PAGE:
In closest finish ever, Groupama wins the 'Everest of sailing'
Sailing saw the closest finish ever in the 39-year history of the Volvo Ocean Race
The around-the-world, nine month-long race is known as the Everest of sailing
The Groupama boat suffered a weak start but dominated the second half to win
Known as the Everest of sailing, the Volvo Ocean Race is a grueling, around-the-world challenge in which a winner usually emerges early and remains in the lead.
But this time around, not so much. In fact, the finish was the closest in the race's 39-year history. And it came right down to the last two legs.
By the ninth and last leg of the nine-month, 39,270-nautical mile race held once every three years, the race locked into a tight fight with the lead boats -- Groupama, Puma and Camper -- competing for a scant few points in a neck-and-neck dash. It was anyone's race.
In the end, though, the French boat Groupama finishing second in the ninth leg -- a short 550-mile sprint into Galway, Ireland from Lorient, France -- earning the team 25 points, enough to secure their victory in the overall points race with 250 points.
Groupama was followed by Camper/ETNZ (Spain/New Zealand) with 226 points and Puma's Mar Mostro (U.S.) with 220 points. Telefonica (Spain) came in fourth with 209, followed by Abu Dhabi (UAE) 124 and Sanya (China) 40.
When Groupama skipper Franck Cammas sailed across the finish line, greeted with cheers from more than 100,000 people, he became the second French skipper to ever win the Volvo Ocean Race.
"This is an incredible moment for me," Cammas said at the race press conference. "It was always my dream just to participate in this race. The first book I ever read was about this race and it hasn't sunk in yet."
Like all the great contests, the Volvo Ocean Race began as a simple gentleman's challenge with square rigged clipper ships more than a century ago. Originally, it was not an overall race around the world, but a competition between vessels for the fastest time between ports. Commercial sailors raced along trade routes deep into the Southern Ocean and around the world's most dangerous capes. It was sailed for bragging rights.
Then came the idea of fully crewed yachts racing those same trade routes around the world. Finally in 1973, the first race -- then known as The Whitbread Around the World Race -- presented the most dangerous and challenging contest in the history of sailing.
In that very first race three competing sailors were lost after being washed overboard during storms. Professional sailors called for future Whitbread races to be cancelled. But the race continued, being staged every four years (until 2008-2009, which was held only three years after the '05 --'06 race). In 2001 the contest was given its current name, the Volvo Ocean Race, but professional sailors often just refer to it as the "Everest of Sailing."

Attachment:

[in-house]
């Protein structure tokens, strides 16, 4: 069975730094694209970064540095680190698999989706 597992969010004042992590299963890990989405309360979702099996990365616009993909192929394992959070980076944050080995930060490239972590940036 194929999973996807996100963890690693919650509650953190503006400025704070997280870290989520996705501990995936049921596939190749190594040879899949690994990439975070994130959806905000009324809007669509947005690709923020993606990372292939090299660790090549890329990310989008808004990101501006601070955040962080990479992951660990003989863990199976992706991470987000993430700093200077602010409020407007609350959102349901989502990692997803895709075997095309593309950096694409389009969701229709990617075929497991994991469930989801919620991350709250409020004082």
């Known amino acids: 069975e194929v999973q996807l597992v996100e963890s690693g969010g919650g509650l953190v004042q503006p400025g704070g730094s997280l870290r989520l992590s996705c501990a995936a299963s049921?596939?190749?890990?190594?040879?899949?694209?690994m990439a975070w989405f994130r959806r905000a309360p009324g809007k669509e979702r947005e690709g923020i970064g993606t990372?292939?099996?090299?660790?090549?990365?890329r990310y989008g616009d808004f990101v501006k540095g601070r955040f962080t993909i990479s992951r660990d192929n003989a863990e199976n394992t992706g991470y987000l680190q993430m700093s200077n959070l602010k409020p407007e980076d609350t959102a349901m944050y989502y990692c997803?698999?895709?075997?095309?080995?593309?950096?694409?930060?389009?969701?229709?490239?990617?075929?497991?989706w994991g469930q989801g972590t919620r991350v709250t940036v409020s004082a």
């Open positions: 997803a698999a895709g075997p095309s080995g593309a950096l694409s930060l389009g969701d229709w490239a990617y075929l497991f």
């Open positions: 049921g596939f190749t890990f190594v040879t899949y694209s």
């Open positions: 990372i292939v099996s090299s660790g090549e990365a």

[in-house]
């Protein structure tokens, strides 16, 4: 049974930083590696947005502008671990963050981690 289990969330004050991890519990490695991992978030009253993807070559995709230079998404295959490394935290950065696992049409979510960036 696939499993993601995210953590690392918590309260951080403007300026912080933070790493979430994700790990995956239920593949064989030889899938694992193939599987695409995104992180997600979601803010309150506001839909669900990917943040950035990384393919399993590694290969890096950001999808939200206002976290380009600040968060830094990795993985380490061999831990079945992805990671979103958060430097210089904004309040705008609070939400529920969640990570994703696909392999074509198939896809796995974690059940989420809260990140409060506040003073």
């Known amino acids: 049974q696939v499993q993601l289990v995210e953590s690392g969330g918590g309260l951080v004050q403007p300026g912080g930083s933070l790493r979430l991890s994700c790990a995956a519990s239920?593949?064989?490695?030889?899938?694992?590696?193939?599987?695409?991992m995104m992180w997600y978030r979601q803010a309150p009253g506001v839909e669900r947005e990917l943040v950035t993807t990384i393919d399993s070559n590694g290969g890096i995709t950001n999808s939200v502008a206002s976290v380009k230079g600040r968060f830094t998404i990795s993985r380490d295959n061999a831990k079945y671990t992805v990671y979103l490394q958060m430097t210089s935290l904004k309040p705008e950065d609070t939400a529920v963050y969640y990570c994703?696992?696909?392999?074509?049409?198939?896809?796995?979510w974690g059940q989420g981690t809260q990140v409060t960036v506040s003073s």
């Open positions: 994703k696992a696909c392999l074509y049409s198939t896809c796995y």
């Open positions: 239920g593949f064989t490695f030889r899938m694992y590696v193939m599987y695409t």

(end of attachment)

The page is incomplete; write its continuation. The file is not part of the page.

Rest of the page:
Cammas was known in France as a top single-handed sailor and a team sailor, but was largely considered an outside threat to the fleet since it was the first time in 18 years that France competed in the race. At one stage, Cammas and his team were 28 points behind Telefonica, winners of the first three legs, but his crew dominated the second half of the race by capitalizing on clutch mistakes by other boats.
"The race started badly for us but every single member of the team raised their level and that's what saw us home," Cammas said after his win. "I think the secret was that we were outsiders at the beginning and we were forced to learn all the time."
That learning curve worked throughout the entire race.
"We had to learn to race against the best crews in the world and eventually it got easier," Cammas added. "We made mistakes at the start but all the time we tried to get better, right until the finish in Galway."
The destination port of Galway proved poignant for two Volvo Ocean Race sailors, Ireland's own Justin Slattery, a bowman on Abu Dhabi, and Damian Foxall, Groupama's helmsman and trimmer. Though Cammas jokes Foxall is the most French of the Groupama crew, Foxhall is from County Kerry and as Irish as they get. He joked about the condition sailing home.
"The Atlantic always has a surprise for us," Foxall told the Irish Prime Minister. "You go all the way around the world and sometimes the roughest, toughest stuff is off the west coast."
With the 39,000 nautical mile race over, Galway staged the final in-port race, the last of a series of races primarily for spectators, sponsors and television. The grim forecast of drizzles, mist and northerly winds didn't hold back the crowds of spectators as they swarmed prime viewing spots like Salthill's promenade, Mutton Island causeway or took to Galway Bay in every type of vessel known to man.
Puma's Mar Mostro, with crew wearing Irish rugby shirts, was first over the line, followed by the Spanish/New Zealand Camper and Spanish Telefonica.
"[The in-port race win] tastes very sweet," said Puma skipper Ken Read, who at 51 is the oldest sailor in the race. "To race against the best sailors in the world and come out on top is all we can ask for."
But in the end, after pushing themselves and their boat to the extremes, it was the Groupama team sailing home with the overall victory.
John Clarke covers sports, business and entertainment. His work has appeared in The New York Times, Vanity Fair, Variety, Rolling Stone, and ESPN. He covers sports, business and the Olympics for Forbes SportsMoney.